RIP Ben Hana, the fifty-four-year-old Wellingtonian whose death was reported early in the week. A well established "street character" around Courtenay Place, Hana was something of a local celebrity. He has his own Wikipedia entry and has featured in a documentary, an academic presentation - and a newspaper article entitled The Man Behind the Blanket.

There's a certain irony in the fact that by opting out of societal norms and shunning regularly accepted modes of living, Hana discovered for himself that most conventional contemporary phenomenon: he well and truly found his fifteen minutes of fame. Nicknamed Blanket Man in honour of the fact he wore mainly a blanket or loin cloth, he was world famous in Wellington and this week his legend has spread throughout the country.

Homelessness, of course, is not a condition to be celebrated. In is an issue with which successive governments grapple, the City Mission confronts on a daily basis and to which Statistics NZ devoted a 21-page report purely to determine its definition. There's a school of thought that says people choose homelessness for themselves, that it's a lifestyle choice like being a vegetarian or owning a boat, but that's too simplistic a view. Personal factors such as upbringing, health, education, finances, opportunities (or lack thereof) and life experience doubtless come into play.

The story of Hana has evoked memories of my own Wellington homeless man. When I was a student in the 1980s I frequently encountered our resident street character of the time. His patch was mostly Lambton Quay. He was not a tall man and he wore some sort of long brownish-grey coat but what set him apart as a bona fide eccentric was that he was never seen without his plastic laundry basket. It was usually strapped to his back and it presumably contained all his worldly goods.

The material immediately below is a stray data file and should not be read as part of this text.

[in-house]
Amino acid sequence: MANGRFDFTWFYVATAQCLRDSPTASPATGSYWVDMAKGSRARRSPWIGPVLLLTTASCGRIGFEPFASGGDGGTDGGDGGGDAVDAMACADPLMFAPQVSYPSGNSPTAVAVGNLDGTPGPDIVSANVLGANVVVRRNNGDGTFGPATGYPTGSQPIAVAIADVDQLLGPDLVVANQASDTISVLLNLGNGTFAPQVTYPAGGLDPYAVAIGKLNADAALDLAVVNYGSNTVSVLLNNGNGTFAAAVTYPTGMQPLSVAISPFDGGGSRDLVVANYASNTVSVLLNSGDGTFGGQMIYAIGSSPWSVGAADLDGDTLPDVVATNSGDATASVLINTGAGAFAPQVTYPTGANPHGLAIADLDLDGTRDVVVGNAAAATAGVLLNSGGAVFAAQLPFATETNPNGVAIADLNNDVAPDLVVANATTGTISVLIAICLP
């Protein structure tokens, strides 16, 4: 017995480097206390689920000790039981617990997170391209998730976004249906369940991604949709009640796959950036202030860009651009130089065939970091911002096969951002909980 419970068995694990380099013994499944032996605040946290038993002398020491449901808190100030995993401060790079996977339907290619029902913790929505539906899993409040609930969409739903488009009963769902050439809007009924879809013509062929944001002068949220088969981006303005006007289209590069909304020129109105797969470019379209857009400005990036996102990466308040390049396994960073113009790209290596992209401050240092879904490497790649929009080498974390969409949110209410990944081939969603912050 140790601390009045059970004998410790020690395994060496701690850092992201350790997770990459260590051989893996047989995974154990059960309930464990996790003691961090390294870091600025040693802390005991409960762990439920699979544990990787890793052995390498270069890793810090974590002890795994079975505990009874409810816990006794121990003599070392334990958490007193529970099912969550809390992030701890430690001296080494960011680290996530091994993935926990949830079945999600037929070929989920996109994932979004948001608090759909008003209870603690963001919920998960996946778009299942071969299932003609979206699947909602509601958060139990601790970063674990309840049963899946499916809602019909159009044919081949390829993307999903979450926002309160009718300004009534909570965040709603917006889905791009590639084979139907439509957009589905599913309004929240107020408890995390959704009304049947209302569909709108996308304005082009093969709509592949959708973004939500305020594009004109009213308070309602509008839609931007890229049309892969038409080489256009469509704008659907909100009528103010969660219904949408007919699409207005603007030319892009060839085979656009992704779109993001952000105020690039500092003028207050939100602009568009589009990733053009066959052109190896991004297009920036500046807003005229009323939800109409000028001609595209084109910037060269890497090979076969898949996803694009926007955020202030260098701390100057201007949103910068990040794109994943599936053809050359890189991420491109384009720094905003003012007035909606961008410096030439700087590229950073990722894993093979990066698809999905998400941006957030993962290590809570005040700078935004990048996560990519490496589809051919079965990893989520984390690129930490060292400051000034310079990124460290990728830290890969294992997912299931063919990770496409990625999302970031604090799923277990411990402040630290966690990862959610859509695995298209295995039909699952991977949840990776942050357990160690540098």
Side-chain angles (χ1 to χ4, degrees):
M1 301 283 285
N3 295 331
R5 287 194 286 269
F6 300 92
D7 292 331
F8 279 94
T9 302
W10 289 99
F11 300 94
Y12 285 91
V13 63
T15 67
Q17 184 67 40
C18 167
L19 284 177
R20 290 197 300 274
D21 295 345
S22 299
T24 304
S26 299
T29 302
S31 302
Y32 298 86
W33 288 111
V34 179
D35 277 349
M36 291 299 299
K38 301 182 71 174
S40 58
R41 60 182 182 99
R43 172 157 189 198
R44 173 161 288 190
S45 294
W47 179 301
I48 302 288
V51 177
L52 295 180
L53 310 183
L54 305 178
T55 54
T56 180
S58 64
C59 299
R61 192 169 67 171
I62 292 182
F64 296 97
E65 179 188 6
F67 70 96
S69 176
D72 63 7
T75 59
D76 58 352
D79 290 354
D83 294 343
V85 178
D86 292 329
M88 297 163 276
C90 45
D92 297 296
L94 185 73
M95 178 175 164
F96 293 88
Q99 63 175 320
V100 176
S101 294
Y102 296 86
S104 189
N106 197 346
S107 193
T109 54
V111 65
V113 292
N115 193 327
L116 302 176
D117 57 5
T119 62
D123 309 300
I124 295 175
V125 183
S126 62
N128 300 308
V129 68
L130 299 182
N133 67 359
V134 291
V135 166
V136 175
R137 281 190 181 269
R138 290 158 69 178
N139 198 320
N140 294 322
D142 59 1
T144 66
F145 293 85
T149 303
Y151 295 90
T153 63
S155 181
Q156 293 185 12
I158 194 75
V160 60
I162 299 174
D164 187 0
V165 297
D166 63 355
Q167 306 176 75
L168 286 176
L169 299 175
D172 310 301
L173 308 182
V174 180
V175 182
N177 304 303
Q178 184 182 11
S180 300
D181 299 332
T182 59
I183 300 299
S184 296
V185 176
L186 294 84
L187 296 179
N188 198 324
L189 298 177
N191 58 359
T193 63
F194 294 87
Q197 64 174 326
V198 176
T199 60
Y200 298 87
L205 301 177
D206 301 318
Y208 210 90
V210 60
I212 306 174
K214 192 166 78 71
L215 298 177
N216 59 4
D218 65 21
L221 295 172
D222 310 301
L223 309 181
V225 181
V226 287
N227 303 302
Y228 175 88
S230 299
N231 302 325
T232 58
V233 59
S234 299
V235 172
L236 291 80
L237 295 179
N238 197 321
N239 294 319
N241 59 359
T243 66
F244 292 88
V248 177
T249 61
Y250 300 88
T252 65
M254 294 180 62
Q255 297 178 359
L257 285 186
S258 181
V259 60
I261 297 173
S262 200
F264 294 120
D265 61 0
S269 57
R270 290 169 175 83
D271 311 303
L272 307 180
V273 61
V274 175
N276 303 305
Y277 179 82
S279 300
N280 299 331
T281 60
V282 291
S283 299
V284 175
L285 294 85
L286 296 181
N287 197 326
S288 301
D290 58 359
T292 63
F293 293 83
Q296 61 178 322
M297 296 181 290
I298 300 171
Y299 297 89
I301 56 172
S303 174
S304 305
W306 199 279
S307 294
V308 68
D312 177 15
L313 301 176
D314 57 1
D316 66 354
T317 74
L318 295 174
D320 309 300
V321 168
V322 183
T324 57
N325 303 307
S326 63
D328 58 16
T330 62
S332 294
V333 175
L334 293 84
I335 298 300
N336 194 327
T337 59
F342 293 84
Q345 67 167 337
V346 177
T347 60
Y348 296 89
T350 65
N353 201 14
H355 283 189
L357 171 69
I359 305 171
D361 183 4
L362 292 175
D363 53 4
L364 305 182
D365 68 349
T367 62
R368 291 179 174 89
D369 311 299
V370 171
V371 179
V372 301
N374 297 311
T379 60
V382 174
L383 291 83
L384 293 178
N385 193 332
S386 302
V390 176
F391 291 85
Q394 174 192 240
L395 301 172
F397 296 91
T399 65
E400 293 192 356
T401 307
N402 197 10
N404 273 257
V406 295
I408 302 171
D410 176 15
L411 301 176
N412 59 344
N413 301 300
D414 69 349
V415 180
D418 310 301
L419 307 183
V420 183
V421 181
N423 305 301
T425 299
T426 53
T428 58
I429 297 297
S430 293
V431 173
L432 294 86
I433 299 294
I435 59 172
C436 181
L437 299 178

It's funny how props such as these can define the homeless; perhaps they define us all to some degree. Blanket Man was named after his constant accessory as was my Laundry Basket Man. Although we passed each other on numerous occasions I don't think we ever made eye contact. Laundry Basket Man was always busily moving onwards, ever shifting and, as far as I could tell, he seldom interacted with the pedestrians with whom he shared the pavement. In hindsight I think perhaps he took care to be a benign presence on the street and not trouble anyone with his plight. Maybe he even felt threatened by the relentless conformity of the rest of us.

Twenty years on Finlay Macdonald's Listener editorial brought Laundry Basket Man back into sharp relief for me. His name was Robert Jones and he was, Macdonald wrote, "truly Chaplinesque, a genuine little tramp." In 2003 Jones died in a gutter aged 61 and was mourned by his heartbroken 85-year-old, Sydney-based mother.

These colourful street characters somehow touch us all, become a part of our collective memories. They force us to think about how we live, the choices we make and how the randomness of misfortune and tough circumstances can shape futures. Perhaps when Jones and I brushed past each other in the street his obvious vagrancy gave me inspiration to study hard, get my degree and make something of myself in order to avoid his fate.

For some reason we're inclined to romanticise the notion of homelessness, to use it to confirm our own preoccupations and prejudices. At least one opportunistic politician has used Hana's death to score political points and I wonder whether we care more about homeless people in death than in life? Some small kindnesses towards them while they were alive would surely be more meaningful than eulogising them later.

Macdonald's piece didn't mention the colour of Jones' ever-present laundry basket but I'm almost certain it was yellow. Does anyone else remember?